In this article, you can find the answer to the following questions:
- What is a lease?
- What is assignment of a lease?
- Why would you choose to assign your lease?
- Who is allowed to assign a lease?
- Can a landlord object to the assignment of a lease?
- What additional things may a Landlord require to grant assignment?
- What are your rights as an assignee?
- Are there any disadvantages of assigning a lease?
What is a lease?
A lease is a formal agreement between a Landlord and Tenant to rent a building for business purposes. Both the Landlord and Tenant are obligated to comply with the provisions (or rules) that they agree to include.
Leases are unique to the specific property, but modern leases tend to have a similar format.
What is assignment of a lease?
Assignment is the transfer of rights of a property from one person to another, whereby the incoming tenant – the assignee – gains the rights that the existing tenant (who owns or holds the lease on the property) – the assignor – had prior to the transfer. The lease is passed (assigned) from one party to the other.
Why would you choose to assign your lease?
When a tenant signs a lease to occupy space within a building, they are bound to a minimum term – the duration of which they must pay rent. However, unforeseen circumstances (such as financial changes, company growth, change in business strategy or ownership) may require them to move out before this time; assignment to a third party is one possible way to allow them to move out early.
Who is allowed to assign a lease?
In most tenancy agreements, it is perfectly legal for a tenant to assign the lease to another individual. The Alienation Provision within the lease will detail if it is possible to do so and the ‘rules’ to comply with should you wish to assign. The original tenant will vacate the premises and the leasehold agreement will be taken over by the assignee. A lawyer will usually facilitate this process.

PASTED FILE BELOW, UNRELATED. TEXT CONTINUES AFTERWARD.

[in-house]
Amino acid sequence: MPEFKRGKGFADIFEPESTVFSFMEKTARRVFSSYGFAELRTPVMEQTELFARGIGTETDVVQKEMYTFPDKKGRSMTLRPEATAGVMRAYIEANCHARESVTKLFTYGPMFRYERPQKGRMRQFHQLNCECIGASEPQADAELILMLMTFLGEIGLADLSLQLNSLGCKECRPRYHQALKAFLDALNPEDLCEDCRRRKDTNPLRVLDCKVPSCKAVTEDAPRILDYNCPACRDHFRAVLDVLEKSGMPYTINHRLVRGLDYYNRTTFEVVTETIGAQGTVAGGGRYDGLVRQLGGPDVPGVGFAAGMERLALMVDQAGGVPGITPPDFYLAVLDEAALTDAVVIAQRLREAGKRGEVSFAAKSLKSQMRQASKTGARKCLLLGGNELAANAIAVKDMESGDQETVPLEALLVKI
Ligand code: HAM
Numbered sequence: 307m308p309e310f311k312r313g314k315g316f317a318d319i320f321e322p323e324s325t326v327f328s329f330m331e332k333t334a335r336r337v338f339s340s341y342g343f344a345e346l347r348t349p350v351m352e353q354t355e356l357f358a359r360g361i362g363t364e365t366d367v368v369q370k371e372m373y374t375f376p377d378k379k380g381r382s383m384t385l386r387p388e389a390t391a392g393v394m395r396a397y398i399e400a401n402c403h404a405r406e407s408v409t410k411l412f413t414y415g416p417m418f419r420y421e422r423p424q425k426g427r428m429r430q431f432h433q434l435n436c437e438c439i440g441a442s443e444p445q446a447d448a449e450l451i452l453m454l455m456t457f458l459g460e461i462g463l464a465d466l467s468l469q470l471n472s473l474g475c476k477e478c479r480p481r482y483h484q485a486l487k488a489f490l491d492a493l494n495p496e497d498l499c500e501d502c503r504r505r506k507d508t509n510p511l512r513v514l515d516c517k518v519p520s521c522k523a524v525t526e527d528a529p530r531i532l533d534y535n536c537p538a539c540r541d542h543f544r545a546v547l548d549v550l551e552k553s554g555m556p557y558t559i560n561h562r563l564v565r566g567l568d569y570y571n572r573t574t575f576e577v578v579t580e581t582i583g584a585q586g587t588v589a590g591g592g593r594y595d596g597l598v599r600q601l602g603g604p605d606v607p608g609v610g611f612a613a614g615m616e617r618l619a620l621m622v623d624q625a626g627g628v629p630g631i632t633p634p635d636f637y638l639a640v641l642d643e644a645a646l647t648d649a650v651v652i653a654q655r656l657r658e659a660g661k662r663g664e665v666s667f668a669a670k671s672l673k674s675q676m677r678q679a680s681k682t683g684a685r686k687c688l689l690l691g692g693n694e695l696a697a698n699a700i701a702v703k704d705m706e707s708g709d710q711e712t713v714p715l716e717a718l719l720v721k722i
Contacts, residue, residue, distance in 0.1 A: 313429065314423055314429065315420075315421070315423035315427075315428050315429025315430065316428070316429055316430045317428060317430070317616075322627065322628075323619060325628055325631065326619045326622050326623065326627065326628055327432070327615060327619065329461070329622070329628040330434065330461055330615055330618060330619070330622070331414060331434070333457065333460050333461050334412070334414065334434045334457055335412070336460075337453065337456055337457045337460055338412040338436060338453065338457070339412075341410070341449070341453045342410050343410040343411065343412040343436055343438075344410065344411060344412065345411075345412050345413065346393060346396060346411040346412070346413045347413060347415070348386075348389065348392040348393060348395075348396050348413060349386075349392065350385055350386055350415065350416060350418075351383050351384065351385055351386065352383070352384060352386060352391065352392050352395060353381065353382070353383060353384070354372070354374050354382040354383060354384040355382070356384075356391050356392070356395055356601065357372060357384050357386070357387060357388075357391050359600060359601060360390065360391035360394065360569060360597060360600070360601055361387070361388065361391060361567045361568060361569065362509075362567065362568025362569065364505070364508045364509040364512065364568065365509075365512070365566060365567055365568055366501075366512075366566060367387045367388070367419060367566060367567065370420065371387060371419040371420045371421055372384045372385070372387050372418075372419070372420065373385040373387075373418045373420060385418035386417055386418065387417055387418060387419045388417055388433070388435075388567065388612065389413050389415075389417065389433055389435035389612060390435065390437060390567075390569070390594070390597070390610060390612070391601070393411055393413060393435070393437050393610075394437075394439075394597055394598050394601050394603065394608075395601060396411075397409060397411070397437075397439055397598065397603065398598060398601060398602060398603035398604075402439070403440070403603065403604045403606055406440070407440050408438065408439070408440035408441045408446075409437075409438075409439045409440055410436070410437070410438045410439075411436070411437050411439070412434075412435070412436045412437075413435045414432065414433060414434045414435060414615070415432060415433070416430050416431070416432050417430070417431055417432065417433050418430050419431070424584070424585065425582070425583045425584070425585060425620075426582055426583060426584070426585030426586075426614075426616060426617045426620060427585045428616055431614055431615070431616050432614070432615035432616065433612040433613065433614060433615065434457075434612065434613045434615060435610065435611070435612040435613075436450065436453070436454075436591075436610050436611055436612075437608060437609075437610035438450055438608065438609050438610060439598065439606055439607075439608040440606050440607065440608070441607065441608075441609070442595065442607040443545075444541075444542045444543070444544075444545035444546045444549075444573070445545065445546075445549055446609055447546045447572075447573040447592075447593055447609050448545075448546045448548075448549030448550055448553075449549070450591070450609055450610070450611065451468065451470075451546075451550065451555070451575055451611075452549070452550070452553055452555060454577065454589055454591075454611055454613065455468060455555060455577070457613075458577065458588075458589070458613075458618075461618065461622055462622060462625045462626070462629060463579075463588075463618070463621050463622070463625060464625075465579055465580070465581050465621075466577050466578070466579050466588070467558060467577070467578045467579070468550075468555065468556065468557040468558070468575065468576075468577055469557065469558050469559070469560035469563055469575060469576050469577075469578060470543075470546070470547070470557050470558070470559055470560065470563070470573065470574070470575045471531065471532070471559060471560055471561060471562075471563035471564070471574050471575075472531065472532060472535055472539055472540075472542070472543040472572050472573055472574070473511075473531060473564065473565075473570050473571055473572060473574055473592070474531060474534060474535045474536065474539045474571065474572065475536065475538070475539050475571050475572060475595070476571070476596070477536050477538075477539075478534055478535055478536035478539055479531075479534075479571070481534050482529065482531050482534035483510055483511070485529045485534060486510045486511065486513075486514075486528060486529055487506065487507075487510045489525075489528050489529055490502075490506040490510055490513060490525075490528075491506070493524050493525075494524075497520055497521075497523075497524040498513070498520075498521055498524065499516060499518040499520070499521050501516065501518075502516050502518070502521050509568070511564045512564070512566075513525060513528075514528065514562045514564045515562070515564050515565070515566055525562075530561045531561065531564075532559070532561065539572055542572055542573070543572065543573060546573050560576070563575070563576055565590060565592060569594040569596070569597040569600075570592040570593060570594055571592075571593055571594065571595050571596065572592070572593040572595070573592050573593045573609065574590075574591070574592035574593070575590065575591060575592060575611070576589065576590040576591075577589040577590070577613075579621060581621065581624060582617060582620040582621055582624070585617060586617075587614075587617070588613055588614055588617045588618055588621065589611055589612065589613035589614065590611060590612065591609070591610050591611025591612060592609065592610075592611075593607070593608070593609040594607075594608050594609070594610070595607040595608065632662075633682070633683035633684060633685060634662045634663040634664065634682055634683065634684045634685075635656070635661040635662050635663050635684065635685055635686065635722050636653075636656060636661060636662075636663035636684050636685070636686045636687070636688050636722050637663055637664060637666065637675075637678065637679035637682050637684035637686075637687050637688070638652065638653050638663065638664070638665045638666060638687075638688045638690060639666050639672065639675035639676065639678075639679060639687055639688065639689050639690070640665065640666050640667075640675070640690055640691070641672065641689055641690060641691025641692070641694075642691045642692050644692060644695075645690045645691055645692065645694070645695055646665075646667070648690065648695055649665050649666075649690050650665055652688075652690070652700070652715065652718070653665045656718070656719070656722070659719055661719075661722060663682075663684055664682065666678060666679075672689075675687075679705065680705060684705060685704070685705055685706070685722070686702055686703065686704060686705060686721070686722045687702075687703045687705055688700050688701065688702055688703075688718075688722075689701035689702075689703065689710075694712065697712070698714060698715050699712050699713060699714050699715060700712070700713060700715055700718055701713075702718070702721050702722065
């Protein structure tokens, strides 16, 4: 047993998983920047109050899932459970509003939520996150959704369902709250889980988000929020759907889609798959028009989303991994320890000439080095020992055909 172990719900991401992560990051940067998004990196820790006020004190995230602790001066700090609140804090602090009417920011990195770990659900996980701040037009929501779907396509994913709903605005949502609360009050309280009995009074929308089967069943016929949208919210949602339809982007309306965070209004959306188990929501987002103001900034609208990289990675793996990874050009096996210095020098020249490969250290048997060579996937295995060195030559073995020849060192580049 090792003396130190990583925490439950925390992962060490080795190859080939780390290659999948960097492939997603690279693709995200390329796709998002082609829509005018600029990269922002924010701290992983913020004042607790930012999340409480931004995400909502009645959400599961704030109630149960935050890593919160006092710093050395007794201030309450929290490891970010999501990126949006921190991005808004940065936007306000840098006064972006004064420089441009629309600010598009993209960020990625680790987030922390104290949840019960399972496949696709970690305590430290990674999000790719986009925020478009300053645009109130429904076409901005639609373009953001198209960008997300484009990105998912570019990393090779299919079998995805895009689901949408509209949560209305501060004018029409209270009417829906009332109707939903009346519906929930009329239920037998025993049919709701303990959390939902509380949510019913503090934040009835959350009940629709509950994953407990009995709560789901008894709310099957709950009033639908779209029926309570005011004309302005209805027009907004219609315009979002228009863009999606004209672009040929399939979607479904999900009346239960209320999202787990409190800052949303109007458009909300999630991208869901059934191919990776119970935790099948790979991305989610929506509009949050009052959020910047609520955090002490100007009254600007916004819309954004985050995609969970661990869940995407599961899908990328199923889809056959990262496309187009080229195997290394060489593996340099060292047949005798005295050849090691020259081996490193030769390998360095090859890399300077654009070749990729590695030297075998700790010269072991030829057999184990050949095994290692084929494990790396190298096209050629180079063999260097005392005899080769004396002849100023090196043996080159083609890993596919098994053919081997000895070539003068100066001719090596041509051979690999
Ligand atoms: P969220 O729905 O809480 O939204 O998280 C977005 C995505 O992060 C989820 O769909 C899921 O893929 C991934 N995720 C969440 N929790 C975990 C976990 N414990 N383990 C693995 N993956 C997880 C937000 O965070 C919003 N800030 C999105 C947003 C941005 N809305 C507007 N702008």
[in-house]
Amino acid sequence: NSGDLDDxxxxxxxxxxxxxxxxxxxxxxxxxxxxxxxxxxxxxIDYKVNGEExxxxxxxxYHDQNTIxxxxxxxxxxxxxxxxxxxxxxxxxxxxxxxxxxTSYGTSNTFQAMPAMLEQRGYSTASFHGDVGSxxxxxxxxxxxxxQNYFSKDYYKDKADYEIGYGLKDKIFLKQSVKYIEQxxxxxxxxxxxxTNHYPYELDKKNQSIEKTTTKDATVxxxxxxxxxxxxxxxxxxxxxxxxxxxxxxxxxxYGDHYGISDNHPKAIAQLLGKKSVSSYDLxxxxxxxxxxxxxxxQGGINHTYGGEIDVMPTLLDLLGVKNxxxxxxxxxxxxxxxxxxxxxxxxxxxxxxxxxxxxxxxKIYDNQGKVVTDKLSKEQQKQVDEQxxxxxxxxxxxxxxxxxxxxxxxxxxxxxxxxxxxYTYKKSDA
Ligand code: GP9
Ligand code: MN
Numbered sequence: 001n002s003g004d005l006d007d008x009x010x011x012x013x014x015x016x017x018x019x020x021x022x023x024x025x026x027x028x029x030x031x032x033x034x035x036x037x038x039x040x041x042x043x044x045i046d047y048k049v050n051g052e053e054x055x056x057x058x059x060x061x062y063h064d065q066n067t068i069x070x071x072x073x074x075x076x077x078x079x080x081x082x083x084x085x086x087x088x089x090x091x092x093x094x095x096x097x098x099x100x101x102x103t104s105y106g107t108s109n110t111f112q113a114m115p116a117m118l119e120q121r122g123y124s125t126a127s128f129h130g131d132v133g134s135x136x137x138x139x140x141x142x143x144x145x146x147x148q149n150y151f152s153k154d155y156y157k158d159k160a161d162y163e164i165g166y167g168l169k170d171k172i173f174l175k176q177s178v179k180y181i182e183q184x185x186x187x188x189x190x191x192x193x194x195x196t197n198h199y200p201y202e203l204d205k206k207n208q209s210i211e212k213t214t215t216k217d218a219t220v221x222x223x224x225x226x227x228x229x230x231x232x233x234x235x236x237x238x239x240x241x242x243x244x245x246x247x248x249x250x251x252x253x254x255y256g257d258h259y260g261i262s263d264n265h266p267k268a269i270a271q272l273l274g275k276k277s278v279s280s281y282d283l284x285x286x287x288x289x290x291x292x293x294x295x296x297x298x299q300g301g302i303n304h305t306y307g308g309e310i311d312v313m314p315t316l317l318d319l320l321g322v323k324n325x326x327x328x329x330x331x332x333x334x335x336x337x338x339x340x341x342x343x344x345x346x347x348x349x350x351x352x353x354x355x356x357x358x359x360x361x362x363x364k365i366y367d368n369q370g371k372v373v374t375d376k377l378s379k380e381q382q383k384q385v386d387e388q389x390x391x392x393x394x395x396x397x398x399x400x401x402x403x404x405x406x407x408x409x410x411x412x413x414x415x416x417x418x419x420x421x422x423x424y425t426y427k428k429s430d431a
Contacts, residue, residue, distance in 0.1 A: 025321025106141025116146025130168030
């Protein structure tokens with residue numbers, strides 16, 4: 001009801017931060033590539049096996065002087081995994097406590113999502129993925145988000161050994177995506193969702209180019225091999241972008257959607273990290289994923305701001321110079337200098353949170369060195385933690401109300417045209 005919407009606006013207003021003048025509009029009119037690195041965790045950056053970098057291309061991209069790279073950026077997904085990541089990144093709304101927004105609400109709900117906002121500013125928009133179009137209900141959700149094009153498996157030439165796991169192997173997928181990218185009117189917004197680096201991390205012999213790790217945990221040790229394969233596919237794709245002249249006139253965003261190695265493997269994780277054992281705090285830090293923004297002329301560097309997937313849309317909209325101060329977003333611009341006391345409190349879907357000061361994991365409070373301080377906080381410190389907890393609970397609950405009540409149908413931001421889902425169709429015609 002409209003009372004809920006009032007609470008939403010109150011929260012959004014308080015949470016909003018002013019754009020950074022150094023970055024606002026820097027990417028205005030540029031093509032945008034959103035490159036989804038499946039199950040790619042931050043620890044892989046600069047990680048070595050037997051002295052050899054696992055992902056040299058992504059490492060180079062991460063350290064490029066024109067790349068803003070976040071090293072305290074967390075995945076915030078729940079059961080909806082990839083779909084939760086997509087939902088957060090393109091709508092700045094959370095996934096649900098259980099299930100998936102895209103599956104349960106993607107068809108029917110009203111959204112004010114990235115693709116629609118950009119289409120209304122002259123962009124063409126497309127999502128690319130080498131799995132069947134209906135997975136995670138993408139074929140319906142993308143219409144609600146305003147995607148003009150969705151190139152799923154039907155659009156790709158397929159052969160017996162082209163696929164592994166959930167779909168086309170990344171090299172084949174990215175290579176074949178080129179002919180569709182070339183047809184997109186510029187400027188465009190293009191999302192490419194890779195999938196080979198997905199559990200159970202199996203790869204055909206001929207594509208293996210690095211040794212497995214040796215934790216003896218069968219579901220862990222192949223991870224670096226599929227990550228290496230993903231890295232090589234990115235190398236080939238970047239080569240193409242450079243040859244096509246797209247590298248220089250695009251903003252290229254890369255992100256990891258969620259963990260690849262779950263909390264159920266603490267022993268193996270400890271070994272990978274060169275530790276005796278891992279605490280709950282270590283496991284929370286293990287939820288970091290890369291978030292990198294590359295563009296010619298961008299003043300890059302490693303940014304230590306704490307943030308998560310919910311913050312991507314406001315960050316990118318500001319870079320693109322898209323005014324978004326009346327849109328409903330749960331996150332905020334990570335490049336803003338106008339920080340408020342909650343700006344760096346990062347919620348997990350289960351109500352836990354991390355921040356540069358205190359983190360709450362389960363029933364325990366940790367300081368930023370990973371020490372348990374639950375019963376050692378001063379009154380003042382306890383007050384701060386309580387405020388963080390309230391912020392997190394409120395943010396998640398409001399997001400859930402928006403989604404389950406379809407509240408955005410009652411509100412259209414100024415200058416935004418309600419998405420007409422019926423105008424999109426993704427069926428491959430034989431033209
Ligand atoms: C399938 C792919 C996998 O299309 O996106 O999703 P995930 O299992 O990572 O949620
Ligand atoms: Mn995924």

However, some leases contain restrictions. Some prohibit assignment, but more often than not it is allowed with Landlord consent.
Can a landlord object to the assignment of a lease?
If the original lease (Head Lease) allows assignment, the landlord should not unreasonably object or delay without providing good written reasons for this – and if they do, they risk having to pay compensation to the tenant.
It is common to see wording such as ‘with Landlord consent not be unreasonably refused or withheld’.
What additional things may a Landlord require to grant assignment?
- They may require additional information about the new tenant and their business.
- The lease may also stipulate that the assignee needs to have an equivalent or better credit score than the current leaseholder.
- Sometimes the lease will require that an Authorised Guarantee Agreement (AGA) is entered into – whereby if the assignee defaults on rent payments the assignor will cover this. It offers the landlord better protection, but means that the assignor is not fully released from all liability.
- The lease could also limit assignment to companies within certain industries. The landlord may require proof that a new tenant fulfils this.
What are your rights as an assignee?
After the assignment, the assignee will receive all benefits that are held within the lease – most importantly exclusive possession of the space.
Are there any disadvantages of assigning a lease?
- As an assignor: Sometimes your liability is not fully released, if for example you have to sign an AGA.
- As an assignee: It is always advised to seek professional assistance before taking on an assignment so that you fully understand all the provisions within the lease to avoid nasty surprises later – such as a rent change that you didn’t expect!